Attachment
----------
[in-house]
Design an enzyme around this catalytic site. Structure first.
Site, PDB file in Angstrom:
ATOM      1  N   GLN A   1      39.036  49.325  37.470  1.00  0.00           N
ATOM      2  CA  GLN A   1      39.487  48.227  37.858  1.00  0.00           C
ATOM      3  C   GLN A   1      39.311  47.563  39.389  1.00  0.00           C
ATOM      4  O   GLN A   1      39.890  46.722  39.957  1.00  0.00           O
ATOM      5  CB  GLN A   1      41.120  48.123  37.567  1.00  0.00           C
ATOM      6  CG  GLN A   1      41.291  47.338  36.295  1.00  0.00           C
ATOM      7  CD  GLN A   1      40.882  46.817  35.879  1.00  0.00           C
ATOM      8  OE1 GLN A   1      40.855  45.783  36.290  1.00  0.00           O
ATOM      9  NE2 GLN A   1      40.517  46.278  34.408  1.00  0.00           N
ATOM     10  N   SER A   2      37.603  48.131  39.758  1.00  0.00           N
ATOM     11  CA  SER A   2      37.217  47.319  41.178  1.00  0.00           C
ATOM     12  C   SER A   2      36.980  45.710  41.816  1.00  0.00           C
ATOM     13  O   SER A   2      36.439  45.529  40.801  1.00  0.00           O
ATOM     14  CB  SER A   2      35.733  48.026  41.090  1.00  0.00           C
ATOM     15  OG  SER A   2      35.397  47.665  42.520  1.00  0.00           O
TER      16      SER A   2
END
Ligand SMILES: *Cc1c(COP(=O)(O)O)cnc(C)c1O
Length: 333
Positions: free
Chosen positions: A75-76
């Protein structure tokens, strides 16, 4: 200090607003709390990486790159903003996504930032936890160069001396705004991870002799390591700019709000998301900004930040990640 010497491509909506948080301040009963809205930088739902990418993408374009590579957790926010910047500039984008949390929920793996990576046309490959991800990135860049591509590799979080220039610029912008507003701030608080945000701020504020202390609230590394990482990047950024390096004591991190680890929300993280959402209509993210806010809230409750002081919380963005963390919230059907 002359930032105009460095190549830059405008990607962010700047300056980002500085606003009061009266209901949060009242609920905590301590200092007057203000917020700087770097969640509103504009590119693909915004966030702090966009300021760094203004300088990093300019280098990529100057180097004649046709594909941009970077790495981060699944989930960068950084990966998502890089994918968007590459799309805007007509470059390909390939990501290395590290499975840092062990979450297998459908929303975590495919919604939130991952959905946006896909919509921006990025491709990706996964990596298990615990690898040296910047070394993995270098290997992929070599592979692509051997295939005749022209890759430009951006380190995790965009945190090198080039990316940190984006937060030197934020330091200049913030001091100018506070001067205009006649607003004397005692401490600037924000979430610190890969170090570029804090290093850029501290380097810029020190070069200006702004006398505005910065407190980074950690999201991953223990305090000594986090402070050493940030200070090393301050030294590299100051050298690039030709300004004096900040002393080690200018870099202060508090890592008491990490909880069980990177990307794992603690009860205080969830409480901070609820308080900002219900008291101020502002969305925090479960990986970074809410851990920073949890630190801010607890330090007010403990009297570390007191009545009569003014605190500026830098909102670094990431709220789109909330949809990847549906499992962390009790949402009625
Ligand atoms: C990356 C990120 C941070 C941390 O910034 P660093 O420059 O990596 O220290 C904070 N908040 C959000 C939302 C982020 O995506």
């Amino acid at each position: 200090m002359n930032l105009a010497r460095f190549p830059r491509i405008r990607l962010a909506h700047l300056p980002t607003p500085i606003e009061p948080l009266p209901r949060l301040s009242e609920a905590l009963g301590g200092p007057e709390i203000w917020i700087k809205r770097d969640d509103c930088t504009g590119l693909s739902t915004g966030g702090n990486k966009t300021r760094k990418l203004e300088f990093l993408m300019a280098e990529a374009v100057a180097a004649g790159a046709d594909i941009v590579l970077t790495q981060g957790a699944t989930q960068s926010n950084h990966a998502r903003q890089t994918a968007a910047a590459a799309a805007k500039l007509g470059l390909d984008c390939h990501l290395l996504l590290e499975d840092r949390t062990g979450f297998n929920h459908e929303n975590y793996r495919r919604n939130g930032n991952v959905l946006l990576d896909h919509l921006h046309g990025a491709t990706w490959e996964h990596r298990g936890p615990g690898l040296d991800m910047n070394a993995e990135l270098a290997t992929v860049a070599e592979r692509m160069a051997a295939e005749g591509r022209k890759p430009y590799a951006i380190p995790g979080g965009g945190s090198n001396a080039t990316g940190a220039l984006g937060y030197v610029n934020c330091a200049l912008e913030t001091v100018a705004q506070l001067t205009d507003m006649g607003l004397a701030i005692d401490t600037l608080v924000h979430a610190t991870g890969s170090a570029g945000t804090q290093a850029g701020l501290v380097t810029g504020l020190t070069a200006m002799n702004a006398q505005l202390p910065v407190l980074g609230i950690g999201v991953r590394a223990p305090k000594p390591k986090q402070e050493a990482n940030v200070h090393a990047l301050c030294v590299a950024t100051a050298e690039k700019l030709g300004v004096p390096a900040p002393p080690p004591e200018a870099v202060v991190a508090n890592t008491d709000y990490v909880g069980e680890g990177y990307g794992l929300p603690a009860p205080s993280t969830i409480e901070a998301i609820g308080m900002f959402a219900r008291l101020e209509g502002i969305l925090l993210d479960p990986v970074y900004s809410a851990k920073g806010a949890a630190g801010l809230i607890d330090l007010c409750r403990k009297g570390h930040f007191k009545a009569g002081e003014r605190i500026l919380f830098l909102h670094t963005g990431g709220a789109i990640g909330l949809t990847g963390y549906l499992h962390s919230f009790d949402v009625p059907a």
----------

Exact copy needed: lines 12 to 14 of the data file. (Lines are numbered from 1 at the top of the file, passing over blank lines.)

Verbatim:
ATOM      9  NE2 GLN A   1      40.517  46.278  34.408  1.00  0.00           N
ATOM     10  N   SER A   2      37.603  48.131  39.758  1.00  0.00           N
ATOM     11  CA  SER A   2      37.217  47.319  41.178  1.00  0.00           C